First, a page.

As U.S. troops were advancing toward Baghdad last week, the White House suffered a setback in its domestic agenda when three Republican Senators-including the normally conservative George Voinovich (R.-Ohio)-voted with most Senate Democrats to cut President Bush’s tax cut package in half.
The other two Republicans to defect were maverick Sen. John McCain (R.-Ariz.) and the liberal Lincoln Chafee (R.-R.I.). Any one of the three, it could be said, cast the deciding vote in the 51-48 roll call, since the only senator not voting was Zell Miller (D.-Ga.), an outspoken supporter of the tax cuts.
The March 25 vote on an amendment proposed by “moderate” Sen. John Breaux (D.-La.) reduced the room for tax relief in the budget from $750 billion to $350 billion.
“This amendment would cut the growth package in half,” said Budget Chairman Don Nickles (R.-Okla.) on the Senate floor. “It would cut the growth out of the growth package.” But Nickles could not persuade the three Republicans to stay on board.
The vote came as a surprise after similar Democratic attempts to reduce the tax package failed badly the previous week (see rollcalls, page 22. For this week’s vote, see rollcalls next week). A nearly identical amendment sponsored by Breaux (see rollcalls next week) also had failed 62-38. But then Breaux simply added language saying that the revenue allegedly saved by the change would be put into a Social Security reserve fund. That caused enough Senators to switch for him to win.
In an interview with HUMAN EVENTS before the second vote took place, Voinovich said he wanted to reduce the size of any new tax cut. “I’ll never see, in my lifetime-or at least in my career in the Senate-an on-budget surplus,” he said. He said the budget deficit this year could run as high as $550 billion-a number that one Budget Committee source said might be too small.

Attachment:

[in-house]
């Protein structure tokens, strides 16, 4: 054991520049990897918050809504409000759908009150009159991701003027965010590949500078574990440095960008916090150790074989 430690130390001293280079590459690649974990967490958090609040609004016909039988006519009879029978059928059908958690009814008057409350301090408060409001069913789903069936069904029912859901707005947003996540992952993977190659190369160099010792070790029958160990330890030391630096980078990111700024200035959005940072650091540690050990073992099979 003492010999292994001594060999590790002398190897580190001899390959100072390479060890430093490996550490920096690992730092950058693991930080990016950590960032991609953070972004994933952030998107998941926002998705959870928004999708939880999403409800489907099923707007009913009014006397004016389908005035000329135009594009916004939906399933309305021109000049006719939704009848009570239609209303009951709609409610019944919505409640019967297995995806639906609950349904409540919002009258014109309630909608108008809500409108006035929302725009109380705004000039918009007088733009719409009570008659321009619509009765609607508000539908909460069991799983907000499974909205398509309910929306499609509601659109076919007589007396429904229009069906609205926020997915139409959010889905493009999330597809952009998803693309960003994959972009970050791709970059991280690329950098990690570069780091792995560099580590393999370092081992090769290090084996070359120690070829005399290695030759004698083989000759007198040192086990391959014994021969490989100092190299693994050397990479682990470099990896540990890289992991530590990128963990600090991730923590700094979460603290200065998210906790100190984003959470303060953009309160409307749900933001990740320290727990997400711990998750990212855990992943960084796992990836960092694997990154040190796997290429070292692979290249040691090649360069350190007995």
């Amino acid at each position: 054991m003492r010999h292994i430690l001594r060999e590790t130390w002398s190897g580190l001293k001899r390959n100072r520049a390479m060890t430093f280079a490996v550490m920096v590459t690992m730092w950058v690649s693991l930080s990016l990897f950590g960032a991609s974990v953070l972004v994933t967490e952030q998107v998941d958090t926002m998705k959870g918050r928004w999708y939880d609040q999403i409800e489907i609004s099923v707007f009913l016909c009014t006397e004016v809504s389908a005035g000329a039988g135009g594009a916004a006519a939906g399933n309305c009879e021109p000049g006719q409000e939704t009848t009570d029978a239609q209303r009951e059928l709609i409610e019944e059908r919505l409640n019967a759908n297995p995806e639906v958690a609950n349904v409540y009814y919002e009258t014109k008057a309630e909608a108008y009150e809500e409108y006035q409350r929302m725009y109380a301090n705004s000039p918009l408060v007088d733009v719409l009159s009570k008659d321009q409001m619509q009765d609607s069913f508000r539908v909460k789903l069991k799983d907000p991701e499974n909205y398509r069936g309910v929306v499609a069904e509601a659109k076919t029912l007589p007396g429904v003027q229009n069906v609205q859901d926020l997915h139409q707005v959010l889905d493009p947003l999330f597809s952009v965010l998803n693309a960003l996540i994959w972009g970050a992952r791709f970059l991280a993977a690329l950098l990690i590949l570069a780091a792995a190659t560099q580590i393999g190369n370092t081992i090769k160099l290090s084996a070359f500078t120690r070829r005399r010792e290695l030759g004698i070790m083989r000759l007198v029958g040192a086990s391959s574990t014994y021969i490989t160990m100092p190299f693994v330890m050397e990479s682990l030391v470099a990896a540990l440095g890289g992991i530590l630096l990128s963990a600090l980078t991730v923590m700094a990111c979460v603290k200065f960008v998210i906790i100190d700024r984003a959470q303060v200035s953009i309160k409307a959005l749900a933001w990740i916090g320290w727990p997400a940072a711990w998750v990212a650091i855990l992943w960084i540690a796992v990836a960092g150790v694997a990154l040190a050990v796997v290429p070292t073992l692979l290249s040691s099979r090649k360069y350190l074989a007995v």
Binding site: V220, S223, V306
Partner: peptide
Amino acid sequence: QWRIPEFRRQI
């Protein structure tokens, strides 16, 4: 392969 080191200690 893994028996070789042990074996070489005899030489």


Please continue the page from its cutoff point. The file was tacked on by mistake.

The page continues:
“You have this big $550 billion 2004 deficit, and I’m trying to keep spending within 4%, and then we have a war,” he said. “It’s the first time in my memory that we have a war and we’re trying to reduce taxes. Usually what you say is, ‘We’re going to sacrifice.’ But we’re trying to do it all.”
Voinovich did not address the supply-side revenue enhancing impact of reducing the marginal tax rates. And when asked by HUMAN EVENTS why the government cannot sacrifice instead of taxpayers, and why Republicans have given up on the agenda of abolishing government departments and agencies in order to keep spending down, he talked only about the need for congressional oversight of agencies’ spending patterns.
“You can talk all you want to about eliminating agencies,” said Voinovich. “But the question is, how do you flat-fund agencies that have had a tremendous sum of money poured into them over a period of time, and how do you find the time to do the oversight that we don’t do around here?”
He suggested turning off some lights in the Senate office buildings to save money. “By just doing simple things here we can save a half-million, a million dollars,” he said. That was “million,” with an “m.”
White House spokesman Ari Fleischer told reporters that the Senate vote against the tax cut would not reduce the deficit, but would instead lead Congress to spend the remaining money. “While those who back that amendment say that it will provide money in a reserve fund for Social Security, the history of such reserve funds is that they serve as a piggy bank for more spending,” he said.
Fleischer indicated the White House would fight for the full tax-cut package.